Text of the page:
In the latest installment of World Soccer Talk’s newest video series, we discuss plans for a biennial World Cup.
As things stand, the World Cup takes place every four years. After all, it started out that way dating back to the original competition in 1930. However, as many passionate soccer fans know, FIFA President Gianni Infantino continues to push plans of making the competition more frequent.
In a recent press release and ensuing conference, Infantino and Arsène Wenger, who now serves as FIFA’s Chief of Global Football Development, presented results of the institution’s research into the feasibility of a biennial World Cup.
Generally speaking, the findings were positive. In fact, FIFA reported that the consensus of those answering surveys are in favor of a World Cup every two years.
The driving force for FIFA seems to be money. In the press conference, Infantino mentioned the potential financial benefit would generate an additional $4.4 billion in revenue. Much of that would eventually trickle its way down to smaller member nations. The end goal, at least according to Wenger and Infantino, is to provide more opportunity to the nations that may not have it. After all, in the 22 World Cups in history, only eight individual nations can say it lifted the famous trophy.
Breaking down the biennial World Cup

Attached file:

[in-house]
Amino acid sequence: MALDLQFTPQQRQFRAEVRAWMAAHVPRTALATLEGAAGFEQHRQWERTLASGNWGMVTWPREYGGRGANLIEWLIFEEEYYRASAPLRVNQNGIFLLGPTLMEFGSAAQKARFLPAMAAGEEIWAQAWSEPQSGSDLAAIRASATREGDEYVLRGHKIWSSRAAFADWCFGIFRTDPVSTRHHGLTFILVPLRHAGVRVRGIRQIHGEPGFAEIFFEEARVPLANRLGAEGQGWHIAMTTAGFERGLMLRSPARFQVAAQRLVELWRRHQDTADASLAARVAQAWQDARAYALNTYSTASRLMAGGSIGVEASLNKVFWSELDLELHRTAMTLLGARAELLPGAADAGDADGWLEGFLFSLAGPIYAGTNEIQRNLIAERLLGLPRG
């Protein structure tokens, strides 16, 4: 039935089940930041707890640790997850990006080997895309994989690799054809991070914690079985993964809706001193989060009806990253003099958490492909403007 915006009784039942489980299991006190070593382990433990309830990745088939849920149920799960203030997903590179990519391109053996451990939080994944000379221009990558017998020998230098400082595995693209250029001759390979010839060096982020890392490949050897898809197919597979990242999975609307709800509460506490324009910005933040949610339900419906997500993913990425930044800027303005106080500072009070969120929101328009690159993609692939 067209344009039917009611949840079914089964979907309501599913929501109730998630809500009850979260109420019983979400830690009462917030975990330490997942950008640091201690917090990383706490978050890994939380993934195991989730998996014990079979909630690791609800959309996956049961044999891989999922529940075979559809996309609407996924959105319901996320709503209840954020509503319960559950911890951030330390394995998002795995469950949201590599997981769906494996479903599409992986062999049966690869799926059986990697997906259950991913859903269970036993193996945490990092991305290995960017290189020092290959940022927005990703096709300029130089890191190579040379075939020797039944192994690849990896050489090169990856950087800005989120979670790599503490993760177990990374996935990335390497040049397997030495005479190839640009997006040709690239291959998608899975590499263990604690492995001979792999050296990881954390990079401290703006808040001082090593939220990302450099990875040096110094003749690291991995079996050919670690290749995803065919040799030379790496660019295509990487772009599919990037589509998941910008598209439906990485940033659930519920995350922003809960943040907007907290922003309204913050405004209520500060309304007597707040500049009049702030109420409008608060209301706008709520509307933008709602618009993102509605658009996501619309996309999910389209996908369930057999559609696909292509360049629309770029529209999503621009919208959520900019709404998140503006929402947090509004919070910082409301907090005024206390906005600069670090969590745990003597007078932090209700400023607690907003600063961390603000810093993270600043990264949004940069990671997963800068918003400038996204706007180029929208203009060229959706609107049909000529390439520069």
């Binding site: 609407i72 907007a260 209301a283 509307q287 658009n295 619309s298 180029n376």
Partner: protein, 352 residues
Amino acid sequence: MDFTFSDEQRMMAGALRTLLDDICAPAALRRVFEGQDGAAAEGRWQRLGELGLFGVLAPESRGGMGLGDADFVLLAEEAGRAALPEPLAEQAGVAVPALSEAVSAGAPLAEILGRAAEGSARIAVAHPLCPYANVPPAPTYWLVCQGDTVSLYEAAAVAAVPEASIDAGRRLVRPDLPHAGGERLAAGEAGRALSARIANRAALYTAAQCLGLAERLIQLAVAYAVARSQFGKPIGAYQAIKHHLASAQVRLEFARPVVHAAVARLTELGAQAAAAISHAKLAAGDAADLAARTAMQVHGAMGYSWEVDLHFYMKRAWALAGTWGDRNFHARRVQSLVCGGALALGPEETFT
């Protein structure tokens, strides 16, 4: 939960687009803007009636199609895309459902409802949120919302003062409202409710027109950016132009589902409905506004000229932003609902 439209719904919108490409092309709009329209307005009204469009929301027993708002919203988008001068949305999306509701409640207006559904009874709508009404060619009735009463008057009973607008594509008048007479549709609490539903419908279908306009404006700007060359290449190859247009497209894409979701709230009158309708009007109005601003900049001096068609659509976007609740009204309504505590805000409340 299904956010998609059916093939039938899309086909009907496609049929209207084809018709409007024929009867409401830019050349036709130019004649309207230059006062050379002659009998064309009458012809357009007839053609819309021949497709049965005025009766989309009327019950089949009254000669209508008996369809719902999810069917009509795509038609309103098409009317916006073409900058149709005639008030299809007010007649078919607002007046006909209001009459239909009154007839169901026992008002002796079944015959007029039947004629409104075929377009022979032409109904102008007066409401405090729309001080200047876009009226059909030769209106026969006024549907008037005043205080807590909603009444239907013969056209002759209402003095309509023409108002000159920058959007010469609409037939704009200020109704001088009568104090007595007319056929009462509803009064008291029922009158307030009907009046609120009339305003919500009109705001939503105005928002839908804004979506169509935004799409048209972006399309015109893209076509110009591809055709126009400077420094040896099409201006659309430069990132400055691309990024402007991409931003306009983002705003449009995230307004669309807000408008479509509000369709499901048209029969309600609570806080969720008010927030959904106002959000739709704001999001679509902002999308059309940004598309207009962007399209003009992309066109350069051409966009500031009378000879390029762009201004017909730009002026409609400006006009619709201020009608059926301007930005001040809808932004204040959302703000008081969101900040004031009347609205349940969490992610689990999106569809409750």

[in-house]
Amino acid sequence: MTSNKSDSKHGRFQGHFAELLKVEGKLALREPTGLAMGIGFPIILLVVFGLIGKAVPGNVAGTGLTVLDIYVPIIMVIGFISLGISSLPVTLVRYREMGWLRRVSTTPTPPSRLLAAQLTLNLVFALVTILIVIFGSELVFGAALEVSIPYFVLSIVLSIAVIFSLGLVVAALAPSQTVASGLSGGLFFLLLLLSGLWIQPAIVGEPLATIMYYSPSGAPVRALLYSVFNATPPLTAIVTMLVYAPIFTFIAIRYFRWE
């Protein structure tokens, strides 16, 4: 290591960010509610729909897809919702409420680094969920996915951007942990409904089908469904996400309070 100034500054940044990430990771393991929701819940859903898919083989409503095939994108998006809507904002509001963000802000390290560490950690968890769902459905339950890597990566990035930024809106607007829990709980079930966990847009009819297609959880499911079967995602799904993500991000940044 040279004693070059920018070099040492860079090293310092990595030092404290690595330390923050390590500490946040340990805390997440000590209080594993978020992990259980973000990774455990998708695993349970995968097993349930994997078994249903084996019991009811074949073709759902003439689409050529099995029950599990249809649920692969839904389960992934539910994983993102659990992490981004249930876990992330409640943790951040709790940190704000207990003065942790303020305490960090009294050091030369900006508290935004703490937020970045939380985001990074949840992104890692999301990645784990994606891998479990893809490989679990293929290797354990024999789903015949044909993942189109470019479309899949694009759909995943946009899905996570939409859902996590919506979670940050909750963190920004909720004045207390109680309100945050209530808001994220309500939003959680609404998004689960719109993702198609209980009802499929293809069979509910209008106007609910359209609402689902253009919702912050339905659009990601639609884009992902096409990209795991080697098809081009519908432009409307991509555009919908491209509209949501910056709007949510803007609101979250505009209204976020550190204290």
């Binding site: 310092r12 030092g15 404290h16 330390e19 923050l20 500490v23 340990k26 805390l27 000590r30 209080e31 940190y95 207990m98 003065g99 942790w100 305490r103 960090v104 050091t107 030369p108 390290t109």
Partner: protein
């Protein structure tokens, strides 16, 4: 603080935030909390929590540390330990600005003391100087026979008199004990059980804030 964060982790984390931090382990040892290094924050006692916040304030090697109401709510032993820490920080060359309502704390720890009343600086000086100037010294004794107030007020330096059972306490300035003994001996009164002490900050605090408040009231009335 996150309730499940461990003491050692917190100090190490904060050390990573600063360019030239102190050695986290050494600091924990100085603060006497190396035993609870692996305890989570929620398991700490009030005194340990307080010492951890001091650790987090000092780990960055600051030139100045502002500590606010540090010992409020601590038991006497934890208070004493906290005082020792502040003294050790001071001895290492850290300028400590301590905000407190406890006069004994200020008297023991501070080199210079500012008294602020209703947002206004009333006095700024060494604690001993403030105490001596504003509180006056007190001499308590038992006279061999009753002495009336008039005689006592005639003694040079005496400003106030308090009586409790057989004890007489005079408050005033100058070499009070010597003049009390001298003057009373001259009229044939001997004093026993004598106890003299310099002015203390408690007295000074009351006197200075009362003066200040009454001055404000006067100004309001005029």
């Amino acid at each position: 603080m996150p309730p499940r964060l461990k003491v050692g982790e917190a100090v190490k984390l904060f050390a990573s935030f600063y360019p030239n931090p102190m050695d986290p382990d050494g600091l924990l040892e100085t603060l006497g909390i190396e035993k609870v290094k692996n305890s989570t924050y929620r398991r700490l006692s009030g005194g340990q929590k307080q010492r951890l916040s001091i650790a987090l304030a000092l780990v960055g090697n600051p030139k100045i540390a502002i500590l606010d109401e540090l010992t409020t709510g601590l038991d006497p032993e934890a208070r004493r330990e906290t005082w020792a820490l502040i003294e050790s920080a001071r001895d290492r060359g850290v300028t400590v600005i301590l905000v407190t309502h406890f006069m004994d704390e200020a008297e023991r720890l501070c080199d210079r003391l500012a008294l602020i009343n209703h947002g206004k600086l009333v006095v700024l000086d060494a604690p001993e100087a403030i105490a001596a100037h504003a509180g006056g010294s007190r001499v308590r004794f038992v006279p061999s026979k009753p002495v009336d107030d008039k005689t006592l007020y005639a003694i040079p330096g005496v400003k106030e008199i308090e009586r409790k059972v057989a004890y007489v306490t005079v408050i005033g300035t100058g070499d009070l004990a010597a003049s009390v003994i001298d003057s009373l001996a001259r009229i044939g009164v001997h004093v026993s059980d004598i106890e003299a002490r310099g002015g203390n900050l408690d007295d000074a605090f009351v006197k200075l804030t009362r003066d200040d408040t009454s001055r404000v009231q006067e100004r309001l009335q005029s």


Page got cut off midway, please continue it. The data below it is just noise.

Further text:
In this brief video, World Soccer Talk’s Kyle Fansler hosts a chat between Kartik Krishnaiyer and Simon Evans. Evans, the soccer correspondent for Reuters, tracked the development of the biennial World Cup over recent years. This is particularly true since Infantino’s ascension to the Presidency of FIFA.
Krishnaiyer and Evans talk about what went down at the summit from FIFA. There, FIFA presented the findings of the feasibility studies. Also, the pair discuss benefits for FIFA outside of monetary gain. Similarly, the possible consequences for international federations. As many know, CONMEBOL and UEFA recently announced their intentions to go hand-in-hand on a joint Nations League spanning the Atlantic Ocean. Of course, that plan goes against the aims of FIFA’s biennial World Cup.
Be sure to check out Simon Evans’s Twitter account and his stories for Reuters. Kartik Krishnaiyer appears on the World Soccer Talk Podcast, which releases a new episode almost each week to discuss broadcasting news and noteworthy events throughout the sport.
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